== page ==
During any performance review or career discussion, one of the hardest topic of discussion is around “What does an employee want to do or enjoy doing or am passionate about?”  Most of the time, we know what we don’t want to do but very seldom do we know what we really want to do.  Without knowing the answer to what we really want to do will cause a number of issues such as:

  • Going in circles:  Moving from role to role hoping to find a role that you will enjoy doing.
  • Disappointments:   Disappointments are just around the corner because it is just easy to spot the negatives vs. the positives.  As you are unable to find what you like to do, expectations will take a hit and you will naturally feel disappointed.
  • Demotivation sets in:  Struggling to find an area that you enjoy or are passionate about will bring cause you to lose motivation to do the role that you are in.  One of the most common work plague is demotivation and it is contagious.  When one person is demotivated, everyone around will know it both from the words and actions.
  • Indifference:  At the end of the disappointment and demotivation journey, the attitude that will be born is Indifference.  It just does not matter.  It does not matter when I do a great job or not.  I will just do what I am paid to do.  Strive no more because what’s the point.

None of those attributes would be used to describe a satisfied and productive person.  If you find yourself in anyone of those category above, it may be time to take stock and uncover what it is that you want and enjoy doing.

Let’s start by asking yourself some foundational questions:

  • What are my values?
  • What are my strengths?
  • What is your life purpose?
  • What are my past achievements that I am proud of?
  • What type of role brings out the best in me?
  • What environment would bring out the best in me?
  • What drives or motivates me to get out of bed to achieve?

It might seem hard to even answer the first question but it is worth your while to do so.  It is hard to find alignment between what your values are and the role that you do if you don’t know either one of the answer to the equation.

I would encourage you to take the time to reflect and know for yourself especially alignment with your values and what you do as that’s one critical key in unlocking living out your potential.  This might be a hard task to take on your own, find a coach, a mentor, a friend, someone who is able to challenge you and keep you accountable.

6 ways to live Up to Your Potential

Potential, that’s term that we commonly hear.  Whether we are talking about a child or an employee or about you.  Questions are abound and it goes something like this:

  • What is your potential?
  • How do you know if you are living up to your potential?
  • How do you know if you have maxed out on your potential?
  • What can you do to develop your potential?

No doubt that these questions have been asked and you may have also come up with some answers of your own.  Some common answers would be

  • “I don’t know what my potential is?”
  • “I feel like I have reached the pinnacle of my potential.”
  • “I don’t want to know.”
  • “I am afraid to challenge myself.”

Is there a way for you and me to know for sure?  The first step is to know and understand what potential is and is not.  According to the Oxford Dictionary, potential is “having or showing the capacity to become or develop into something in the future.

Therefore potential is about:

  • An ability or skill or talent that you have and have demonstrated it in some behaviour or action.
  • It can be develop further, not stagnant and can grow and increase with usage and time.
  • It is forward looking.  It continues to grow if it is continuously being developed.
  • It is “alive”, waiting to be realised and desiring to grow.
  • Prospect of and for greater success.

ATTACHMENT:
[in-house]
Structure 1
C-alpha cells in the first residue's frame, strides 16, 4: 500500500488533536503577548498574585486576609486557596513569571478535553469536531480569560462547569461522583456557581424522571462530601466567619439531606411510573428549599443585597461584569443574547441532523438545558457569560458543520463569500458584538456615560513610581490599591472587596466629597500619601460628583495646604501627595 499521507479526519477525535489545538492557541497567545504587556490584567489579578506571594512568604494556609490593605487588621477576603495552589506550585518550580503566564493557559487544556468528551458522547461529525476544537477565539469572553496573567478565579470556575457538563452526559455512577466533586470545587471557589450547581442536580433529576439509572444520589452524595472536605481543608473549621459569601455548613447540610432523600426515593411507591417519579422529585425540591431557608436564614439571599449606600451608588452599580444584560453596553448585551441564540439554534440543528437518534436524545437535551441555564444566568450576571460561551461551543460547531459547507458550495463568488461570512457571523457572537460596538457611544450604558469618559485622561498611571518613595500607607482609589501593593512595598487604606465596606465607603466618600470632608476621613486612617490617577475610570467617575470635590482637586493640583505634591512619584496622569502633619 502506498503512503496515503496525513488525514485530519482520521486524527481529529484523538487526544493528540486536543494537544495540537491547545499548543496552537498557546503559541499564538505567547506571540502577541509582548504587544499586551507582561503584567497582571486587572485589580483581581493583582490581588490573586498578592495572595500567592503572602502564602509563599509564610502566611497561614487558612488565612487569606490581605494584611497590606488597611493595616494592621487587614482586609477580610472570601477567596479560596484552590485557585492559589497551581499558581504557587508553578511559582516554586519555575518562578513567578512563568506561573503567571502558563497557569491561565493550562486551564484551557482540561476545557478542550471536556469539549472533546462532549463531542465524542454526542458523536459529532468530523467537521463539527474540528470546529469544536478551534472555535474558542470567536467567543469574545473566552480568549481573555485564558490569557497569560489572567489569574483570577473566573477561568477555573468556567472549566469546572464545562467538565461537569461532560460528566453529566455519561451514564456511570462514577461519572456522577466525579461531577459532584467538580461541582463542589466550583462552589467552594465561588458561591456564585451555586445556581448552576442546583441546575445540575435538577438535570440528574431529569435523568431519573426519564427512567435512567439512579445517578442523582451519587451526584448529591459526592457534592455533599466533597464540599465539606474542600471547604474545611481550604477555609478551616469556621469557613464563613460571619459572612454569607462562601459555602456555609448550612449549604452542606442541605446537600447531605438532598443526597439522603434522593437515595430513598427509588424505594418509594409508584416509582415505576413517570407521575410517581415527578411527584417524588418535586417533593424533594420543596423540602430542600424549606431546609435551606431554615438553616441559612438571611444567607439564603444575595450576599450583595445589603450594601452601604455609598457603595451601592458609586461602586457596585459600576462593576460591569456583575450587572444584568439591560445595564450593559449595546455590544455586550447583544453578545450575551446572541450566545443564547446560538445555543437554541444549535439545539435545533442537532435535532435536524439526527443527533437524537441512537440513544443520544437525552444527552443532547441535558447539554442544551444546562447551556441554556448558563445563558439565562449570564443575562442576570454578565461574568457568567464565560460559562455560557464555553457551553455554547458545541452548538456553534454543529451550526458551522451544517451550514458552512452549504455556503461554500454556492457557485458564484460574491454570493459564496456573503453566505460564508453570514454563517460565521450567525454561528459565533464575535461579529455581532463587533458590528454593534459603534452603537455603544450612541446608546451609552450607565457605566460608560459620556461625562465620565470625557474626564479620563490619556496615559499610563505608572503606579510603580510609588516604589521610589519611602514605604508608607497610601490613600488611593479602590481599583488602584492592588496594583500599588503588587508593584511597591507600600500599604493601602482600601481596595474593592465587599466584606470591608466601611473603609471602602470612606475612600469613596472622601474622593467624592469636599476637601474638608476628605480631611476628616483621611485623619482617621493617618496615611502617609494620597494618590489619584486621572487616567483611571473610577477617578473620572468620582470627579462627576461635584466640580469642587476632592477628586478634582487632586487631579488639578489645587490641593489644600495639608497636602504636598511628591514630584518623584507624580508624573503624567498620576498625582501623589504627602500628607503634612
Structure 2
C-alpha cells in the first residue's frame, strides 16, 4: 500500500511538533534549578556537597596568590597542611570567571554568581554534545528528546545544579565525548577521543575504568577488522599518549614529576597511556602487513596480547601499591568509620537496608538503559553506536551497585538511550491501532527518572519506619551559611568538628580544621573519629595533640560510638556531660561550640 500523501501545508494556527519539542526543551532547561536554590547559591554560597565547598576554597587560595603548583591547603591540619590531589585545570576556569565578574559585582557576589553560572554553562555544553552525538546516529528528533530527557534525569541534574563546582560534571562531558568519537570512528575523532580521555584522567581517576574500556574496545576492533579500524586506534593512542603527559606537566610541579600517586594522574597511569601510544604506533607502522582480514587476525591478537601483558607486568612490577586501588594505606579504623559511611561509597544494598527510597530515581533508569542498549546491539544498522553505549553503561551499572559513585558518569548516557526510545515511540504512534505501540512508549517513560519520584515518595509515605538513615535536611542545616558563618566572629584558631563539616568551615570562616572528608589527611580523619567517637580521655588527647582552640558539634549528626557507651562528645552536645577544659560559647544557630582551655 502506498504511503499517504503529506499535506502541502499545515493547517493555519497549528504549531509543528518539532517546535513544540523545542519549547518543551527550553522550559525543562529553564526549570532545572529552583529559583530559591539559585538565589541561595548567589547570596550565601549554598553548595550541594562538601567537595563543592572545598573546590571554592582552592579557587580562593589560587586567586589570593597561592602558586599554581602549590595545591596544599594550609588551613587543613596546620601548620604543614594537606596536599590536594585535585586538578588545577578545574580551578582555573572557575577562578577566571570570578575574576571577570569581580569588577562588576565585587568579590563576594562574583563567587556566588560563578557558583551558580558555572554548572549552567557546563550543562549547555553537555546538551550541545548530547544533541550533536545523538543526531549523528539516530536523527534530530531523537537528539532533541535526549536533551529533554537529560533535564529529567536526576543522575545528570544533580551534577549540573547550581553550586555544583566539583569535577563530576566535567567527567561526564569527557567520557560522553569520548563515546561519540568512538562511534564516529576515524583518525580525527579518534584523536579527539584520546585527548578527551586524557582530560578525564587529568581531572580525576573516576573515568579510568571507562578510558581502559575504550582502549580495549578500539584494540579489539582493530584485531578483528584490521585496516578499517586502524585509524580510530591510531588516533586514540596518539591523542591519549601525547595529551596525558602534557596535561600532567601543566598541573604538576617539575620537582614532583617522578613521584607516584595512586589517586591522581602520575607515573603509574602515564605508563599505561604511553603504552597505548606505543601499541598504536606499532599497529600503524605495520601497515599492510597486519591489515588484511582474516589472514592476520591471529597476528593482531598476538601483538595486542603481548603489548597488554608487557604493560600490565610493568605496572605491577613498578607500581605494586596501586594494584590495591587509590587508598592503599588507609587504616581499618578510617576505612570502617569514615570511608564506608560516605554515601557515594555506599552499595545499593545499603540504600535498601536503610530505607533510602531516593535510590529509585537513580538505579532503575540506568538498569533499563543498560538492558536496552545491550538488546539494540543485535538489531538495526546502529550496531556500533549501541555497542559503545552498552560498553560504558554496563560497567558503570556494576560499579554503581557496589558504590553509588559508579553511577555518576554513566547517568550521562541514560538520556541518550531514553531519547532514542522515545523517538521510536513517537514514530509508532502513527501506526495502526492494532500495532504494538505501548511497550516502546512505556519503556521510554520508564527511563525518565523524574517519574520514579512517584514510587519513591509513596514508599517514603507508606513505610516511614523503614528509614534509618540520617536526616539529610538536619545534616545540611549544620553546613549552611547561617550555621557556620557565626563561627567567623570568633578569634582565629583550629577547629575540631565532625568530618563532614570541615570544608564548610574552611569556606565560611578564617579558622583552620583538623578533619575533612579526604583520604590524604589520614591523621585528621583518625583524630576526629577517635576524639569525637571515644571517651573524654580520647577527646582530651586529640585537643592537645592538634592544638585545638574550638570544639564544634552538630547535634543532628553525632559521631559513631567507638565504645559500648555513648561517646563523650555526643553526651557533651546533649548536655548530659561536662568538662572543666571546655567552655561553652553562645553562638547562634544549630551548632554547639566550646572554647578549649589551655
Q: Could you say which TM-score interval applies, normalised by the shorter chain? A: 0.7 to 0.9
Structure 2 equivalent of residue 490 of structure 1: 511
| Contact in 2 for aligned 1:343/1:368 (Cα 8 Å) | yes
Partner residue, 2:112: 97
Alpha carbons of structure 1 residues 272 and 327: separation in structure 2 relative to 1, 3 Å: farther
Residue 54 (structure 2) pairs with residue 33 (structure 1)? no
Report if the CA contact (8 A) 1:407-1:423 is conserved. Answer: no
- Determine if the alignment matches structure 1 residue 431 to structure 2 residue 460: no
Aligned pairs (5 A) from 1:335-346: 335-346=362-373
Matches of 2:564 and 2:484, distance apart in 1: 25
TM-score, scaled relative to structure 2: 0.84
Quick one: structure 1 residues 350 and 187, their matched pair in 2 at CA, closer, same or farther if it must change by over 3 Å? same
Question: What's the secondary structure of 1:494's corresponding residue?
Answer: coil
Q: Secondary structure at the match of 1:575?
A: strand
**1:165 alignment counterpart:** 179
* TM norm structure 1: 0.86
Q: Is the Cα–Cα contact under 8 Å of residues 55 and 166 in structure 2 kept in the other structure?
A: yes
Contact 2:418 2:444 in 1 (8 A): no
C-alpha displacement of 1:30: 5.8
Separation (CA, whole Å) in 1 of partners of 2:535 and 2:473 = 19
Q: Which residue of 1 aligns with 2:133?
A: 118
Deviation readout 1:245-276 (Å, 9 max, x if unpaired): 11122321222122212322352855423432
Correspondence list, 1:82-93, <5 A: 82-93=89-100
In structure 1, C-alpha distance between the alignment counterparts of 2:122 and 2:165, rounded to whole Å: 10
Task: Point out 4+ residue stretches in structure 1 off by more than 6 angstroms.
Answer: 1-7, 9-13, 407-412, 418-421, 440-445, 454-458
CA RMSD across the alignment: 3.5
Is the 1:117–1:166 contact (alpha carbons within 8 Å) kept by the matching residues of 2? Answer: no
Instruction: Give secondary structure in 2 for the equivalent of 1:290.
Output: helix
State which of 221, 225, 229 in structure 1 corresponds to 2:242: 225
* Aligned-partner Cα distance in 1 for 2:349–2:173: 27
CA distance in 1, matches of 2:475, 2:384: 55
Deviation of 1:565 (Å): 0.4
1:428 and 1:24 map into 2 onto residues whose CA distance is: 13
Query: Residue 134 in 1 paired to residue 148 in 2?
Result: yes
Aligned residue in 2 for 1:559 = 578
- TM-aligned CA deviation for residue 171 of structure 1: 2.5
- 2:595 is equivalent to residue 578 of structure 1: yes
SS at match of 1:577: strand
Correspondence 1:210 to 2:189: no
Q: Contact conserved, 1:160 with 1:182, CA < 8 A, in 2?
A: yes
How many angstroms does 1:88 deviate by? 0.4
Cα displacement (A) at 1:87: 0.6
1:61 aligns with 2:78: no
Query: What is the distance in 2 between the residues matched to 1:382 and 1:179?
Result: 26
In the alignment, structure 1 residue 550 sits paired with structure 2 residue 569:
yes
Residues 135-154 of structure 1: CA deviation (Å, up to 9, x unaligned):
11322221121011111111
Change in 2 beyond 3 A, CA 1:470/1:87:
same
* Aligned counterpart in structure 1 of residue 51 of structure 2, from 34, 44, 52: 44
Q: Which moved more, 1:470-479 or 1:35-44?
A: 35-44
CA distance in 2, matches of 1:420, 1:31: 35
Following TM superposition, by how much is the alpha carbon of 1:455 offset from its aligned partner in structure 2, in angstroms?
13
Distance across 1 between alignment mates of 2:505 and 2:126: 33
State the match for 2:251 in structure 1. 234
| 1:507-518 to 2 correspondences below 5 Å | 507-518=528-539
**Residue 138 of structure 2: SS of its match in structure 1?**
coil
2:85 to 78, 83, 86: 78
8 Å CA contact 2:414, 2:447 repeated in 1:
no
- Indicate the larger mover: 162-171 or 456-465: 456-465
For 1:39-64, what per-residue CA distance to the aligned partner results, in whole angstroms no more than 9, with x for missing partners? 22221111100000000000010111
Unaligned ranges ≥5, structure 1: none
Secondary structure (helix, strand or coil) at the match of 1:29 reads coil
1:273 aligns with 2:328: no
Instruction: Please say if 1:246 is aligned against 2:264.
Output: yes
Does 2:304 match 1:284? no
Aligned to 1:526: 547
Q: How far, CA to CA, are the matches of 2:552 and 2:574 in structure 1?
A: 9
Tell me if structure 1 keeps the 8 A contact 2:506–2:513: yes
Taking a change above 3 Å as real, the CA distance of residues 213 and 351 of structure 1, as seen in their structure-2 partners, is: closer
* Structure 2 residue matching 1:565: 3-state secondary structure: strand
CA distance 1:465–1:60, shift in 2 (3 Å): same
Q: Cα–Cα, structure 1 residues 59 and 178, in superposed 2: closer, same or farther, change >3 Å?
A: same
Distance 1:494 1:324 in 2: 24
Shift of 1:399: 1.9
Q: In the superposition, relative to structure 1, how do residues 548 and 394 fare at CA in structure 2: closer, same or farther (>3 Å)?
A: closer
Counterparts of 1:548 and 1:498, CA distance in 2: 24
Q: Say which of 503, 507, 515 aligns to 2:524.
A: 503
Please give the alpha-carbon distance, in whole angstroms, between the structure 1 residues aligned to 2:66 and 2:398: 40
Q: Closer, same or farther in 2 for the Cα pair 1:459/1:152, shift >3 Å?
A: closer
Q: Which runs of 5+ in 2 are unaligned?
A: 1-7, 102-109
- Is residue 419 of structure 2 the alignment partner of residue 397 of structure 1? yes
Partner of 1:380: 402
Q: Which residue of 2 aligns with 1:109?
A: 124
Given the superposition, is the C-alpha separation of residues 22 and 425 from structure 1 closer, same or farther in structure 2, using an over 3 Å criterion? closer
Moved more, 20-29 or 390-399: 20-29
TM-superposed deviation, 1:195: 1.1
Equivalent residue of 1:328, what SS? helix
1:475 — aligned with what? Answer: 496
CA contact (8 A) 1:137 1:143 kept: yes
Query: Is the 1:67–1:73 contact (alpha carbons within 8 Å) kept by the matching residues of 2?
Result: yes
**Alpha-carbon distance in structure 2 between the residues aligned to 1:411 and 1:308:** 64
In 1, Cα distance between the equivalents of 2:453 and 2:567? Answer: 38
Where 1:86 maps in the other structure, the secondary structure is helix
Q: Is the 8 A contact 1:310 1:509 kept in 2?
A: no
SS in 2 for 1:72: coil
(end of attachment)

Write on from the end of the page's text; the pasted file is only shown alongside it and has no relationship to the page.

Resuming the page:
• There is always room for improvement.

Conversely potential is not about:

  • One time experience or achievement.
  • It is not past tense.
  • Being contented with where you are at.
  • Hiding it or putting a lid on your strengths or skills.

What can we do to living out our potential?  There are 6 ways to ensure that we live out and up to our potential:

  1. Forward Looking:  It is about the next step, the next milestone, the next goal, the next area of growth, always asking the question of “What’s Next?”.  It is forgetting what is behind or in the past, and striving to move forward with the aim of doing and being better.
  2. Say “Yes” to Challenges and “No” to Fear.  Growth only comes when there is resistance and challenges to be faced and overcome.  When an opportunity arises to push your skills or abilities further, take it on.  No matter what we do, there will always be fear involved.  No one goes through life without feeling fearful, but the one who overcomes fear will always come out of it having grown and learnt more than expected.
  3. Keep on keeping on.  When the going gets tough, the tough gets going.  It is all about perseverance and determination.  Once you have committed to a certain goal, be focus and stay the course.  It is easy to give up half way or even right before the end, and we all know the regret that comes from it.  It is with those past experience that should help us to remember that there is always a positive outcome if we never give up.  There is always experiences to be gained.
  4. Belief.  You must have the belief that this is the path that want to take.  You must believe that this is your purpose.  You must believe that this is your calling.  Belief is important to keep you keeping on.
  5. Vision of the outcome can be very different from how you start out. What you start out with may look very different from how it ends up.  There are those who are able to achieve exactly what they set out to.  Most of us will find that the achievements are different from what had envisioned.  However, it is always satisfying if it’s the working out of our potential.
  6. It is Not solely about the achievement but about Maturing.  
    • skills and abilities
    • emotional and mental maturity.

 

 

 

Where are you in the journey of living out your potential?  What would you do differently?  Where do you see your potential taking you?  What is holding you back?  What would propel you forward?

Potential is all about the future.  Don’t let the past failure or setback put a full stop on your potential.  Focus on the future and just how bright and promising it can be.